UN says 300,000 in immediate danger of starvation in Somalia
In a statement, the UN's emergency relief coordinator, Kenzo Oshima, appealed to donors to "forestall a humanitarian crisis" in the East African country.
"An estimated 40,000 tonnes of food are needed urgently to assist 300,000 people at risk of immediate starvation," UN spokesman Fred Eckhard said.
"At present, although the UN system is in a position to deliver food, stocks are depleted. An additional 450,000 people are increasingly vulnerable," he said.
Eckhard said other relief supplies, notably water and medicines, were needed to "secure the well-being of tens of thousands of children at risk of malnutrition and disease."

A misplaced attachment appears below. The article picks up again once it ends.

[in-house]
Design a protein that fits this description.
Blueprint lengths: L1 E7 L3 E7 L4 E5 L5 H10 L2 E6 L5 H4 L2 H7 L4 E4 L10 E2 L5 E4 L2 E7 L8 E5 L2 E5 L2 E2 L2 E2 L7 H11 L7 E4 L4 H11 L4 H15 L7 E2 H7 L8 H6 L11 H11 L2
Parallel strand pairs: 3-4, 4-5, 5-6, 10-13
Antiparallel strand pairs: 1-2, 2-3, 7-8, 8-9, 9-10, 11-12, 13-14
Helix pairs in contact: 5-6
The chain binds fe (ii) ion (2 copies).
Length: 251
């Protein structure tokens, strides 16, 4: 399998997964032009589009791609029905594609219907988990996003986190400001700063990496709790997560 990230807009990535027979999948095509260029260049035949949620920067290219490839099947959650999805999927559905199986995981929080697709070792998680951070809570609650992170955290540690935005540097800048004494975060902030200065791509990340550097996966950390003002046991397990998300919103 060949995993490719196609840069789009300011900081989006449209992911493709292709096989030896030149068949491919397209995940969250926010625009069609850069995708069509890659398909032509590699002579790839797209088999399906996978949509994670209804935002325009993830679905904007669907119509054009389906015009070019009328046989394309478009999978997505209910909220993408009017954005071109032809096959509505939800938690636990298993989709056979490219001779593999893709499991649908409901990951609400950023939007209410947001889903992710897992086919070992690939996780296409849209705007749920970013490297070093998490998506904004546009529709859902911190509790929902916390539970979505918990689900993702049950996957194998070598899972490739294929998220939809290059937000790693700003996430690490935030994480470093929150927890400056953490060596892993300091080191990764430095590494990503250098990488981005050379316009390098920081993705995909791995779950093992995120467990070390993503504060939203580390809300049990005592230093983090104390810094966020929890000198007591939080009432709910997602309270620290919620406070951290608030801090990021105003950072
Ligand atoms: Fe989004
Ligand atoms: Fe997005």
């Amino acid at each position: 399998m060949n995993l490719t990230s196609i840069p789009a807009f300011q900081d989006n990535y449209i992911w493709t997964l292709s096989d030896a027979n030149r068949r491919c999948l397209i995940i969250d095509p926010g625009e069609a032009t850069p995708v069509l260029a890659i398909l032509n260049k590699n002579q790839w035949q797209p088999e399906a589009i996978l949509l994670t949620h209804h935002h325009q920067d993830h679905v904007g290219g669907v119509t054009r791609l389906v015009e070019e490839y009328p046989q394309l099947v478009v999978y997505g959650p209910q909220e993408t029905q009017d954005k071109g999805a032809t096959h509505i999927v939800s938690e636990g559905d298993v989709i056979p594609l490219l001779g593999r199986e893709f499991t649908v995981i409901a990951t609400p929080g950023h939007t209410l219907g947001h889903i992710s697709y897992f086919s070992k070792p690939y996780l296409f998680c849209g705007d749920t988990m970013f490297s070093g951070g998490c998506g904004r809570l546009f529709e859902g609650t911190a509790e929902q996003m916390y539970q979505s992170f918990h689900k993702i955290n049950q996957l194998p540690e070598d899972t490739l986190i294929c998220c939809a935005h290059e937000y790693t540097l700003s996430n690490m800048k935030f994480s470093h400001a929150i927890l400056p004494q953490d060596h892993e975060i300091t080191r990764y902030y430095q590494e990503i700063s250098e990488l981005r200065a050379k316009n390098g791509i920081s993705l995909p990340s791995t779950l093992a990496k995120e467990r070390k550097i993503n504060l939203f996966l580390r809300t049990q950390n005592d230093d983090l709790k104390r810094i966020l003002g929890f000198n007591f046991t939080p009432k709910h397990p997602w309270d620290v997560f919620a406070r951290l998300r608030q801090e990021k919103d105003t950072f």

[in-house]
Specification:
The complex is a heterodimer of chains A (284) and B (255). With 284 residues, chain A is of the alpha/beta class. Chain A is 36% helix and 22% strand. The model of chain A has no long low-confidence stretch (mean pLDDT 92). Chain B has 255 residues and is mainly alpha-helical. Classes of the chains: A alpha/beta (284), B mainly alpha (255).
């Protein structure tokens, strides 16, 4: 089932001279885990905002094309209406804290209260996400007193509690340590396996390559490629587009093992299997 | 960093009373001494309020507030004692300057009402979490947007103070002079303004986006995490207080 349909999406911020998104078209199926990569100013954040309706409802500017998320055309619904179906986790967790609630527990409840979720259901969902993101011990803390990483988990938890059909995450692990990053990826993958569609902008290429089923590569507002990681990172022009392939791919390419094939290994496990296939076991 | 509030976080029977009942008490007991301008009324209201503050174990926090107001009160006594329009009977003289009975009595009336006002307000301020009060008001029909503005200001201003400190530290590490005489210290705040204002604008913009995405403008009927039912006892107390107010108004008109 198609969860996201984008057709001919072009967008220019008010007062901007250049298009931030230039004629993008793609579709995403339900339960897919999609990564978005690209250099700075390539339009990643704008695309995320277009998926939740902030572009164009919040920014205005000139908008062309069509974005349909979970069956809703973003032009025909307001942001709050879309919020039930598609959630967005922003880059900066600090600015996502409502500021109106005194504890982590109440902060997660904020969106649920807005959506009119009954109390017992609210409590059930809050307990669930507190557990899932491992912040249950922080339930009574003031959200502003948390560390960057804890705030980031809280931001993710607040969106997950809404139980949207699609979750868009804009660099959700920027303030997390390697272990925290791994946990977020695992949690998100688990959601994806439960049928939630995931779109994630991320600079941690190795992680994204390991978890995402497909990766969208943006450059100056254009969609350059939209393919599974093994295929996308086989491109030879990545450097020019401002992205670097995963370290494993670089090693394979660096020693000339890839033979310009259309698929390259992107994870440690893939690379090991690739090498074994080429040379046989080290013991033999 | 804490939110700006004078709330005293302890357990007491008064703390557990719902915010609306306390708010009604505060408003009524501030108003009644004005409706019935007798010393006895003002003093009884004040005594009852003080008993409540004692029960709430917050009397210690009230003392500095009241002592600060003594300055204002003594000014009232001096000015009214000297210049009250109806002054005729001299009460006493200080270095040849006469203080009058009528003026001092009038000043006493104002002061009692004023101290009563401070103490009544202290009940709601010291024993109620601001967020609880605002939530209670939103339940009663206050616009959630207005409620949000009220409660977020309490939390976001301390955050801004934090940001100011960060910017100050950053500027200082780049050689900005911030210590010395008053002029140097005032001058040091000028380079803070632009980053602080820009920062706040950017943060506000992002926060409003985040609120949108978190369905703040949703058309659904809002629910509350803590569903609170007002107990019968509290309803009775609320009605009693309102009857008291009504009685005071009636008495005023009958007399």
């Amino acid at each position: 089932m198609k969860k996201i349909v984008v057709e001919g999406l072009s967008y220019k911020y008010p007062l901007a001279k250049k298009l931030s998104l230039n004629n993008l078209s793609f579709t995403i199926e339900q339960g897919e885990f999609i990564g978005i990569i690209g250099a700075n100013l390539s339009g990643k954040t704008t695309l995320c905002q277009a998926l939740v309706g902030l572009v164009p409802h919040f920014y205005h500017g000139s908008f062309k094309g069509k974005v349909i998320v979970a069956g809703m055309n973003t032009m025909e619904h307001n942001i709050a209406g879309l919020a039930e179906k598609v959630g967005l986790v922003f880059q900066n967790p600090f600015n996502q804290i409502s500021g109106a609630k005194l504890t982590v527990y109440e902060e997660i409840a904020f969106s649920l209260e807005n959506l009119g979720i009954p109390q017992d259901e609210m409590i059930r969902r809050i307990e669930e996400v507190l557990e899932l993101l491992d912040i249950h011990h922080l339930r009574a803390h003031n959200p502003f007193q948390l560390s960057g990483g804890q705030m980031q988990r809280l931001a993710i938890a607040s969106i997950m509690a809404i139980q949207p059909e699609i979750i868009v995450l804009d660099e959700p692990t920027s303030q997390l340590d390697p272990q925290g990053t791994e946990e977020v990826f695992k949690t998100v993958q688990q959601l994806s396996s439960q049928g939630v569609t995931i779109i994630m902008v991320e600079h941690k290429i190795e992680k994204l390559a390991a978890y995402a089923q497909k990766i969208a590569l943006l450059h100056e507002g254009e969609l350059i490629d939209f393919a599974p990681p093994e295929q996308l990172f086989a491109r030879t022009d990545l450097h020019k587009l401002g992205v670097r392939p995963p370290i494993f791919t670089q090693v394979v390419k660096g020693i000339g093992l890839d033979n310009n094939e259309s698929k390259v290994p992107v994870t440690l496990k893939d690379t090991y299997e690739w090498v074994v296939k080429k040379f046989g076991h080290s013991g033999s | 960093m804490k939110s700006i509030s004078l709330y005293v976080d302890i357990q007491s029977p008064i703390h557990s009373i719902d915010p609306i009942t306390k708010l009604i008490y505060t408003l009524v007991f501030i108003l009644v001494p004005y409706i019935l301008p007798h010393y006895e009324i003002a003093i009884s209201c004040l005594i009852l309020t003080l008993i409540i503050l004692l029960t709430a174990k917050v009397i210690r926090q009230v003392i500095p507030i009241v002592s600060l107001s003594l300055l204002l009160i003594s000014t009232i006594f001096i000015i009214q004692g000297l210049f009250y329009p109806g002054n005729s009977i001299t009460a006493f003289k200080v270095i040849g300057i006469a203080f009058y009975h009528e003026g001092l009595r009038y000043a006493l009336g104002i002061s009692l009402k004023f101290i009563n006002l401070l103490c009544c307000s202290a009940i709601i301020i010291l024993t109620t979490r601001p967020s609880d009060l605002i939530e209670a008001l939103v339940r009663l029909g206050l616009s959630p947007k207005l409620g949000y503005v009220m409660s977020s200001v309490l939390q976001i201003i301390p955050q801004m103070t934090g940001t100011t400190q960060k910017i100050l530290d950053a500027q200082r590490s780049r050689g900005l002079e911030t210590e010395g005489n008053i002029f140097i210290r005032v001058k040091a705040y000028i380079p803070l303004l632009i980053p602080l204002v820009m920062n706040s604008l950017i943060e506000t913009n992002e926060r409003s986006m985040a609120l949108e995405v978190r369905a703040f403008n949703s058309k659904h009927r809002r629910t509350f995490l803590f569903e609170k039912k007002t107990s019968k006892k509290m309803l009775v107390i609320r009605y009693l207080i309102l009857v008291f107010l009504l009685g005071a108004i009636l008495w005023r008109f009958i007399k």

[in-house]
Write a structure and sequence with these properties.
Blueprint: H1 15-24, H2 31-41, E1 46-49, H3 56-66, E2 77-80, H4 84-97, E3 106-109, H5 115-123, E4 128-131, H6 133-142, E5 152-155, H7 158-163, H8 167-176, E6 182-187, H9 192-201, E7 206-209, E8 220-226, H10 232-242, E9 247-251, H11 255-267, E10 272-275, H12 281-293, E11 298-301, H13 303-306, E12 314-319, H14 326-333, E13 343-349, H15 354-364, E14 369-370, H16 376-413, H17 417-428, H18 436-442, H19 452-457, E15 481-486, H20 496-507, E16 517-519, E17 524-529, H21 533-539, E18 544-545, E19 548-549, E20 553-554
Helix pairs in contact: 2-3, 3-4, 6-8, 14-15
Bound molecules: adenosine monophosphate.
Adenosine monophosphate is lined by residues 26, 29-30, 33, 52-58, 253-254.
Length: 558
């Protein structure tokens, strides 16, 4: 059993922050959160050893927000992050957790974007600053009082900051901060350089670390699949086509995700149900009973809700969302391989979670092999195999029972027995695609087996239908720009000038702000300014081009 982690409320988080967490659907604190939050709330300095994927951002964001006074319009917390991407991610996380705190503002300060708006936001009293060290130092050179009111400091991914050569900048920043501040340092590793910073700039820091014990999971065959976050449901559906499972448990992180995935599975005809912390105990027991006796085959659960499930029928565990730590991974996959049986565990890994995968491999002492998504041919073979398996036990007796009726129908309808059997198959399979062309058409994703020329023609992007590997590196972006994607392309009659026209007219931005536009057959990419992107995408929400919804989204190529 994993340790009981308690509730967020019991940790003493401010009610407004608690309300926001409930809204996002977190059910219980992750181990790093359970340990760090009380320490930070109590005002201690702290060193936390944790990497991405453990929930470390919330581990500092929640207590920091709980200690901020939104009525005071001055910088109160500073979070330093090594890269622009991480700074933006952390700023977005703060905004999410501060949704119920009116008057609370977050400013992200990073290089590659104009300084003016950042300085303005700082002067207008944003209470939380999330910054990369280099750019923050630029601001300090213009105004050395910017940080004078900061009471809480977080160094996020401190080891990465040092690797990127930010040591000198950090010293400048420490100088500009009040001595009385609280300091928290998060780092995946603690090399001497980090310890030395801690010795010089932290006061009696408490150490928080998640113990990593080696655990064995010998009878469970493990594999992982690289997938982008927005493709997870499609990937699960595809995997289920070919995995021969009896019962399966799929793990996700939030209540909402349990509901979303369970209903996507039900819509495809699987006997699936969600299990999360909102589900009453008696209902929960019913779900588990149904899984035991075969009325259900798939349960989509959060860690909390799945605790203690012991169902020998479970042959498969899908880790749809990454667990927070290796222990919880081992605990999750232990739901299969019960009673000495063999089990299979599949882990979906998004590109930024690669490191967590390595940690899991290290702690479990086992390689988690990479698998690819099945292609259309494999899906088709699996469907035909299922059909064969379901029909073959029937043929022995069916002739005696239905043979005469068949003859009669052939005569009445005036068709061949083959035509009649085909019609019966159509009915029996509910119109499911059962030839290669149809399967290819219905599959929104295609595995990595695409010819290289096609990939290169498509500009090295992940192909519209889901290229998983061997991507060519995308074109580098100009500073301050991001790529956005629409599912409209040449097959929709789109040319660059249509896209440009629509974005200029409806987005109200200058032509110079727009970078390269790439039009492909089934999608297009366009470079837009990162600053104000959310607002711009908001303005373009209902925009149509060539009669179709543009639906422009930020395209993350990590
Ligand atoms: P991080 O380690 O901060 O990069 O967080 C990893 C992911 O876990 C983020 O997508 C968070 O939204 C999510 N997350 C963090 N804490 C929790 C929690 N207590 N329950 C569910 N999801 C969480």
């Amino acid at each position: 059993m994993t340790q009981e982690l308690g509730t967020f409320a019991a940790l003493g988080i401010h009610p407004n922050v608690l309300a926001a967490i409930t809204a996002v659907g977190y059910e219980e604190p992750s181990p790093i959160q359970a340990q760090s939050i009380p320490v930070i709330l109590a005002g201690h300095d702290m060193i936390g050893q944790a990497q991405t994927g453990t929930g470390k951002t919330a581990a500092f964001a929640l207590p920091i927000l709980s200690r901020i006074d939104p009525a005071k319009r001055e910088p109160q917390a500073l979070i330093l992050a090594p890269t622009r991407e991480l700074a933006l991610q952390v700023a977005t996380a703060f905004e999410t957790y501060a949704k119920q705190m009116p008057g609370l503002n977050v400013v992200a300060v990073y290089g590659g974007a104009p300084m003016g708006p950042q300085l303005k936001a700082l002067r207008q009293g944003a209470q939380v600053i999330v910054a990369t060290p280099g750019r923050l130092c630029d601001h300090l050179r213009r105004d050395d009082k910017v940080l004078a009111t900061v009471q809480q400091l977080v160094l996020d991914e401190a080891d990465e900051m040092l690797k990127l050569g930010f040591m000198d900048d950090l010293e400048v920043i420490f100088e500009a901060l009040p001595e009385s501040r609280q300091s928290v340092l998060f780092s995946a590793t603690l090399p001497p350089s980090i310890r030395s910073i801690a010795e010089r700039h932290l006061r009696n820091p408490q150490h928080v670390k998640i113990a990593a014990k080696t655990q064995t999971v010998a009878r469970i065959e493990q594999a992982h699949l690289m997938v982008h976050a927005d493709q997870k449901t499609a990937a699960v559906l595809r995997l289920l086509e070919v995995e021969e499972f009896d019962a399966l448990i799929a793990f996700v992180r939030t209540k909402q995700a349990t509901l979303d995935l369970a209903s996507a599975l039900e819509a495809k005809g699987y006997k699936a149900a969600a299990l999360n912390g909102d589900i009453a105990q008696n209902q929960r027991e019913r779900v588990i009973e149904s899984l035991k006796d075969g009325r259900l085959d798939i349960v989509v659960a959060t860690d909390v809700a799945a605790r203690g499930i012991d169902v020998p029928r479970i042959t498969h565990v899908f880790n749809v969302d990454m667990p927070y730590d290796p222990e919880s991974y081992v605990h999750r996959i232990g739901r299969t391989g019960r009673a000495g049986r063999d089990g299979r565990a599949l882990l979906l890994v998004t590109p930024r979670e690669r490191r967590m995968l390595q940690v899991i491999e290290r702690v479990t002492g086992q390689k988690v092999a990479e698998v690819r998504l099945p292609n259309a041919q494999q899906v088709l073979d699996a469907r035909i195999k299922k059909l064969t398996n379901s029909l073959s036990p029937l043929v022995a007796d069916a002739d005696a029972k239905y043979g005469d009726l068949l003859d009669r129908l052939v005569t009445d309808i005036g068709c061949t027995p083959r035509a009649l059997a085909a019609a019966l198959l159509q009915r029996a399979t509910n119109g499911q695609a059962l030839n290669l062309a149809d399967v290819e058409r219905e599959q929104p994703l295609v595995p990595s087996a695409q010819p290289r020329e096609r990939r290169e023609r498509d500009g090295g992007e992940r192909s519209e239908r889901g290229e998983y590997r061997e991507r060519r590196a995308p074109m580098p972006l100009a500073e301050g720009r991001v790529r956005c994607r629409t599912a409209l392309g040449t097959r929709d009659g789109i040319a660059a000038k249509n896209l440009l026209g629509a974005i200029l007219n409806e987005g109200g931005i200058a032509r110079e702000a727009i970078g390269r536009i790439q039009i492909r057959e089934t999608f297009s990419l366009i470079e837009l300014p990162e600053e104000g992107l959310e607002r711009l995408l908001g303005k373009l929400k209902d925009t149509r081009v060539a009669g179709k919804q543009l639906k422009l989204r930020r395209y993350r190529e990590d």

Randolph Kent, the UN humanitarian coordinator for Somalia, said the food crisis had worsened since last month's terrorist attacks on the United States, which led to "a significant downturn" in remittances from workers abroad.
Kent told AFP in an interview Friday that money changers in the Gulf and in African countries were "perceived as channels for al-Qaeda," the network which the United States has blamed for the September 11 attacks.
Food shortages were due more to problems of distribution than to a lack of food, he said, because when cash was not available, people went hungry.
Funds had also dried up since Saudi Arabia banned imports of Somali livestock in September last year in an attempt to control Rift Valley fever, Kent said.
He estimated that between 2.5 million and three million animals -- "mostly sheep and goats, with the occasional camel" -- were sold to Gulf states before the ban and that about 800,000 livestock had slipped through since then.
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Received by NewsEdge Insight: 10/23/2001 15:34:40
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